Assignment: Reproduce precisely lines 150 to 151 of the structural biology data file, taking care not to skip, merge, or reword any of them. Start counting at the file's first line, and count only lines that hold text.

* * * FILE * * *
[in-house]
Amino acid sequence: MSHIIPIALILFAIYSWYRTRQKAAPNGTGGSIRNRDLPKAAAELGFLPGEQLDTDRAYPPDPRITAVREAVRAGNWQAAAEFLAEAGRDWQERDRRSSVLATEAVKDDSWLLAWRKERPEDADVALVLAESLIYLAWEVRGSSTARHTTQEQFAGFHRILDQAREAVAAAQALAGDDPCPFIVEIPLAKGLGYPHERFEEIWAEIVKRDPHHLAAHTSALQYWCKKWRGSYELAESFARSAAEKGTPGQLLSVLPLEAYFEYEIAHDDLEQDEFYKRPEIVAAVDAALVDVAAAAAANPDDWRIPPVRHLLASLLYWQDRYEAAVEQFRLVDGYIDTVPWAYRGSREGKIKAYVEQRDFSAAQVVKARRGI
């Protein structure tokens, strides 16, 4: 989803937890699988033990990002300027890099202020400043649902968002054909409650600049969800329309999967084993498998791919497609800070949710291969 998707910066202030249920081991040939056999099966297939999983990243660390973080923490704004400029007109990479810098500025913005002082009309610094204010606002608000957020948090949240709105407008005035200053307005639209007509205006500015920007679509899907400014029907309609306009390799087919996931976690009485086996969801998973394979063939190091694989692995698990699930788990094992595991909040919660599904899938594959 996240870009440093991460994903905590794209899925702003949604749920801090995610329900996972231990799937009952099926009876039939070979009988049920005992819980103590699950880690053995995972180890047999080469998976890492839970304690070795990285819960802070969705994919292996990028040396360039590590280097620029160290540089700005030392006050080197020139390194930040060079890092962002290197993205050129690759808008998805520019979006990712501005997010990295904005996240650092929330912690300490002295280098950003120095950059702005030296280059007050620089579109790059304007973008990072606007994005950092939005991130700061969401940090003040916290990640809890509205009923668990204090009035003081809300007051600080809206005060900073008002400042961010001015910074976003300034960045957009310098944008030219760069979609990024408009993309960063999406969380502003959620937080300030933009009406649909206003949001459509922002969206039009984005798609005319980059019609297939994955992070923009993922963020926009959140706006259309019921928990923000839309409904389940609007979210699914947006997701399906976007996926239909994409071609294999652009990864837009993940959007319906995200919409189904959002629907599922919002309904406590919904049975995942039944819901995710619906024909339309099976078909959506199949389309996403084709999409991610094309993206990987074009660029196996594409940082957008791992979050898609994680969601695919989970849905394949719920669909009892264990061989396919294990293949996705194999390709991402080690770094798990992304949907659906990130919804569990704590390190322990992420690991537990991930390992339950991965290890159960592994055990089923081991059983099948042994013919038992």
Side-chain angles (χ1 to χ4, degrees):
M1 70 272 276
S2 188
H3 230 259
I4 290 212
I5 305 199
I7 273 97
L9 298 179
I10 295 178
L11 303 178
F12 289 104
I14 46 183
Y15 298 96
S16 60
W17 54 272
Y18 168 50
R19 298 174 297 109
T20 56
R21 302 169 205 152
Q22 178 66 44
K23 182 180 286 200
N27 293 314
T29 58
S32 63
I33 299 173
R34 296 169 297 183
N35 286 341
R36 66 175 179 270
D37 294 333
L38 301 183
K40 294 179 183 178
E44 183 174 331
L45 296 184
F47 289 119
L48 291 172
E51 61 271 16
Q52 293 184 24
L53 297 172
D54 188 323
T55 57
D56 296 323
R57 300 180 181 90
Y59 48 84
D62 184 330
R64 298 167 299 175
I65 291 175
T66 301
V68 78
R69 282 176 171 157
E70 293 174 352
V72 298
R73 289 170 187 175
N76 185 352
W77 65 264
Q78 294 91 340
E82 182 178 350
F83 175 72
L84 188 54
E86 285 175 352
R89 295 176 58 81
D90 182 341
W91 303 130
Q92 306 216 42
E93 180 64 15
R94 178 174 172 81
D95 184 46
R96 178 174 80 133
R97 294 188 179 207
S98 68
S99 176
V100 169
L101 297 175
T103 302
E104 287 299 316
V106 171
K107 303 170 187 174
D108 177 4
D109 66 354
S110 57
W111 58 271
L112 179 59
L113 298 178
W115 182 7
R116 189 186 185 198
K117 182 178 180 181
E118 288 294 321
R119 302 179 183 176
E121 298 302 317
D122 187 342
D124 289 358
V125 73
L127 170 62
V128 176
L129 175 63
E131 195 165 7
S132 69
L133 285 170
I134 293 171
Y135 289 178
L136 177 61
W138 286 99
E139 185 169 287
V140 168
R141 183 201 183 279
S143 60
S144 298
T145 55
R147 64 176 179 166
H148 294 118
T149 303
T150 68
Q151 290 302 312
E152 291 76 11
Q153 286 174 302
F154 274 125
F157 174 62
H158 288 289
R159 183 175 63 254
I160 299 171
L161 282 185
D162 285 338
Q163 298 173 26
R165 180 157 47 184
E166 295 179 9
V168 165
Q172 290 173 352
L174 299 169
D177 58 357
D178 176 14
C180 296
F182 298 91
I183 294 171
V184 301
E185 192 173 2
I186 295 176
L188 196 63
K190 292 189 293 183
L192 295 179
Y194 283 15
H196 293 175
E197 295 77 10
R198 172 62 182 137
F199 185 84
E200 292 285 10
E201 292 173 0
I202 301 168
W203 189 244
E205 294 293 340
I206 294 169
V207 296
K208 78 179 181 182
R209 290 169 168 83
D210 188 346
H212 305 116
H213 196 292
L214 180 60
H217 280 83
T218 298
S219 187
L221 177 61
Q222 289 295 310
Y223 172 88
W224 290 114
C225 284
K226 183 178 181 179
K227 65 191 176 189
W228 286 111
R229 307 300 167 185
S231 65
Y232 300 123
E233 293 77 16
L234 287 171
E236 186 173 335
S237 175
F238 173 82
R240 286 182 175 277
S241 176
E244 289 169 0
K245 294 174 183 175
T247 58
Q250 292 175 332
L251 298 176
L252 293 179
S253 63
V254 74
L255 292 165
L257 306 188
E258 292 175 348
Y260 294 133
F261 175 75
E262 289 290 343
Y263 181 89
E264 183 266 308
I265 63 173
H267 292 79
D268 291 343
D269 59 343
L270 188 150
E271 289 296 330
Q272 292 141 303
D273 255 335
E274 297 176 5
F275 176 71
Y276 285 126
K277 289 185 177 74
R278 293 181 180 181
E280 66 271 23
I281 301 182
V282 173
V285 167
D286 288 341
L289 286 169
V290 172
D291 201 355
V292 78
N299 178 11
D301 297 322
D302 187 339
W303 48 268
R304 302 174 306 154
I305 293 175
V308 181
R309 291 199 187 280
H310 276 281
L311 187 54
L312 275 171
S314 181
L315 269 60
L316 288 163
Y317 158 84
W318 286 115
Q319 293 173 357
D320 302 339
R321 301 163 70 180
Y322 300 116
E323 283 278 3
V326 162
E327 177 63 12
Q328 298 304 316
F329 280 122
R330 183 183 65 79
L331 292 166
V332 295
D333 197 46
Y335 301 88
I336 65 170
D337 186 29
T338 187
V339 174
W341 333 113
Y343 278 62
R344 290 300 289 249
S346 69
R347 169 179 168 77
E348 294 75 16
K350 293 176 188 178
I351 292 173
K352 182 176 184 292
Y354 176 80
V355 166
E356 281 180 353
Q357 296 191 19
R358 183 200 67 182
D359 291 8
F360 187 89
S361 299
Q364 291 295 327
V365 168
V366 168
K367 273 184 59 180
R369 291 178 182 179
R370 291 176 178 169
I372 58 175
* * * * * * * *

W203 189 244
E205 294 293 340